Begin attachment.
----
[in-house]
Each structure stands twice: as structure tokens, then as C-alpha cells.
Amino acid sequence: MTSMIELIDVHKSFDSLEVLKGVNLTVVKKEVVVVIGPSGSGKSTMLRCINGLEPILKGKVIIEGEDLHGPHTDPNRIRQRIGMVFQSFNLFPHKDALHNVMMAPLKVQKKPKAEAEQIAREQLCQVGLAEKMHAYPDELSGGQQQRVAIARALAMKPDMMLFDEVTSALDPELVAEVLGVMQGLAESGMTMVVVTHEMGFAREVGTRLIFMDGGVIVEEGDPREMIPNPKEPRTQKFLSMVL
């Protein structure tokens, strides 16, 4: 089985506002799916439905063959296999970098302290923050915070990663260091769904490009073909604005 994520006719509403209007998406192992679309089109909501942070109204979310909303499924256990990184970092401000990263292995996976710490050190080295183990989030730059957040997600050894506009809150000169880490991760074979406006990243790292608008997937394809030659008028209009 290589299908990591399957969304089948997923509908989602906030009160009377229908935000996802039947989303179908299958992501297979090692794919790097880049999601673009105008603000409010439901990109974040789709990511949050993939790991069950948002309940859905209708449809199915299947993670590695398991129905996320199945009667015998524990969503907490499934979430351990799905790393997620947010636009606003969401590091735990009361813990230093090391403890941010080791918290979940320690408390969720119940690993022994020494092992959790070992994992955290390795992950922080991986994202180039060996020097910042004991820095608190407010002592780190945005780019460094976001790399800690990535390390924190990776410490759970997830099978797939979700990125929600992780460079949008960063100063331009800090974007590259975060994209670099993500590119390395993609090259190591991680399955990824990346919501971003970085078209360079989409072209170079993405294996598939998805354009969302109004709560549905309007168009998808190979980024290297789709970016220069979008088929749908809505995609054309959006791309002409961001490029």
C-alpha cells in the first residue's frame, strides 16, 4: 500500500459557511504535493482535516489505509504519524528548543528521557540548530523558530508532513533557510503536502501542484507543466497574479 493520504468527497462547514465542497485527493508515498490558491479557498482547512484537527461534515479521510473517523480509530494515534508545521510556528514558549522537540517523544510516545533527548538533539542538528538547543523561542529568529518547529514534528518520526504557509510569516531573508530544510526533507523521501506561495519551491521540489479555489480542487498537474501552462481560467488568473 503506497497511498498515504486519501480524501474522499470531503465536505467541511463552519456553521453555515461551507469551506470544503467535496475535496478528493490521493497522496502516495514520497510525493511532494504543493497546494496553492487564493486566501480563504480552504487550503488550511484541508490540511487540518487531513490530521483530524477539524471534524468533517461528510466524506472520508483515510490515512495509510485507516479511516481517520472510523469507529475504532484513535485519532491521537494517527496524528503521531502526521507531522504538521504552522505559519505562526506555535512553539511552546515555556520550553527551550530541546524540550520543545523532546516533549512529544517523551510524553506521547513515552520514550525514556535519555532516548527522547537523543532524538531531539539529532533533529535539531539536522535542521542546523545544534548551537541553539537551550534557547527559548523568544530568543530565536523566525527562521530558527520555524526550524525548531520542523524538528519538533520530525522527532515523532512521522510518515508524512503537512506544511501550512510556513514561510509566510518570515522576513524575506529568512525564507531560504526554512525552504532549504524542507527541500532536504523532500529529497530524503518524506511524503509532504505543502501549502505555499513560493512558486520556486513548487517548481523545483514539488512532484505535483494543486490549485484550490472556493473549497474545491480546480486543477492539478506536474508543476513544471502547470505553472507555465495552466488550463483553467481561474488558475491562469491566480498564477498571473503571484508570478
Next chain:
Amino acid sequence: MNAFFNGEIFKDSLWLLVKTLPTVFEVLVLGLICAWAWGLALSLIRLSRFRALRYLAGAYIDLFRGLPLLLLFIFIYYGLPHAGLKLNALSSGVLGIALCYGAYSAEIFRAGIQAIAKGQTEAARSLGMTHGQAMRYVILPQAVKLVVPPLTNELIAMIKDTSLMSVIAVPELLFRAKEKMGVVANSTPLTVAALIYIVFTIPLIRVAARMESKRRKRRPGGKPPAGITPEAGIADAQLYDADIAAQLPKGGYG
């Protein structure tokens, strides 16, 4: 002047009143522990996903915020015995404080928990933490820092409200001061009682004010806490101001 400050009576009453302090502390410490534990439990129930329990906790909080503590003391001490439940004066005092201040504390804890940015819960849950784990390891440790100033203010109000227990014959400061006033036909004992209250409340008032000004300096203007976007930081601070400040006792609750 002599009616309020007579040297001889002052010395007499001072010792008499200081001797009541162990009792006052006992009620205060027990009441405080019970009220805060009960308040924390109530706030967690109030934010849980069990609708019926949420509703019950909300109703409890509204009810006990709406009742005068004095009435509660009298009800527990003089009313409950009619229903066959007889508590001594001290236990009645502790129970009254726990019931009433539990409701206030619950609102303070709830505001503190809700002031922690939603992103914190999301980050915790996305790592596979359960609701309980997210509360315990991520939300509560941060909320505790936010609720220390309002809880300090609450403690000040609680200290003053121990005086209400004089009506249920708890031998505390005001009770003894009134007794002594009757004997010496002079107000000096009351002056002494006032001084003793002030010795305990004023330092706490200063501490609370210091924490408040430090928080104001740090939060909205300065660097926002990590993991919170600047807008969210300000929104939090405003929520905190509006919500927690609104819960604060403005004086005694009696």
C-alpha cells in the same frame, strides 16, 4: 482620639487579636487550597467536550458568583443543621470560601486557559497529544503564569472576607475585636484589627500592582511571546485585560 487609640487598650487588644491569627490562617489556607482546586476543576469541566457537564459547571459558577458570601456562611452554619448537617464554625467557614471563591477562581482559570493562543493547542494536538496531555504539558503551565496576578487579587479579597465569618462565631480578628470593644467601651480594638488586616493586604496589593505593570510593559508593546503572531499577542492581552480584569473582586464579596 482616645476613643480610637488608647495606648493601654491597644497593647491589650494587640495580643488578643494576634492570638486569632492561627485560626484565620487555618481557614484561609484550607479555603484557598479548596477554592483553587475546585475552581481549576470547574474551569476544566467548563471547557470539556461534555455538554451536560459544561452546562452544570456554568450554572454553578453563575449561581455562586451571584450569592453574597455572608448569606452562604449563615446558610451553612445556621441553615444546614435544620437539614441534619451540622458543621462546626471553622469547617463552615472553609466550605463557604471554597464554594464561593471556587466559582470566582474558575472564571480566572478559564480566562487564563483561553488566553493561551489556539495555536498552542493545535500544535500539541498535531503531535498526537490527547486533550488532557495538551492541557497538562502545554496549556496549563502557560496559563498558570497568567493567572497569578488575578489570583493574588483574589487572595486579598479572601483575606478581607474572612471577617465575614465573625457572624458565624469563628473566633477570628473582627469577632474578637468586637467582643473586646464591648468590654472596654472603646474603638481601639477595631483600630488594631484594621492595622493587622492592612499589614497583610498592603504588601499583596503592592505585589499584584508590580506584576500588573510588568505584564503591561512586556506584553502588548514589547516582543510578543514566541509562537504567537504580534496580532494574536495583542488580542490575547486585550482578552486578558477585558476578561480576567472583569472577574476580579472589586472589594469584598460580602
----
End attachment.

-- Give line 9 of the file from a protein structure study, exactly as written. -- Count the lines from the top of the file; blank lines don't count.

C-alpha cells in the same frame, strides 16, 4: 482620639487579636487550597467536550458568583443543621470560601486557559497529544503564569472576607475585636484589627500592582511571546485585560 487609640487598650487588644491569627490562617489556607482546586476543576469541566457537564459547571459558577458570601456562611452554619448537617464554625467557614471563591477562581482559570493562543493547542494536538496531555504539558503551565496576578487579587479579597465569618462565631480578628470593644467601651480594638488586616493586604496589593505593570510593559508593546503572531499577542492581552480584569473582586464579596 482616645476613643480610637488608647495606648493601654491597644497593647491589650494587640495580643488578643494576634492570638486569632492561627485560626484565620487555618481557614484561609484550607479555603484557598479548596477554592483553587475546585475552581481549576470547574474551569476544566467548563471547557470539556461534555455538554451536560459544561452546562452544570456554568450554572454553578453563575449561581455562586451571584450569592453574597455572608448569606452562604449563615446558610451553612445556621441553615444546614435544620437539614441534619451540622458543621462546626471553622469547617463552615472553609466550605463557604471554597464554594464561593471556587466559582470566582474558575472564571480566572478559564480566562487564563483561553488566553493561551489556539495555536498552542493545535500544535500539541498535531503531535498526537490527547486533550488532557495538551492541557497538562502545554496549556496549563502557560496559563498558570497568567493567572497569578488575578489570583493574588483574589487572595486579598479572601483575606478581607474572612471577617465575614465573625457572624458565624469563628473566633477570628473582627469577632474578637468586637467582643473586646464591648468590654472596654472603646474603638481601639477595631483600630488594631484594621492595622493587622492592612499589614497583610498592603504588601499583596503592592505585589499584584508590580506584576500588573510588568505584564503591561512586556506584553502588548514589547516582543510578543514566541509562537504567537504580534496580532494574536495583542488580542490575547486585550482578552486578558477585558476578561480576567472583569472577574476580579472589586472589594469584598460580602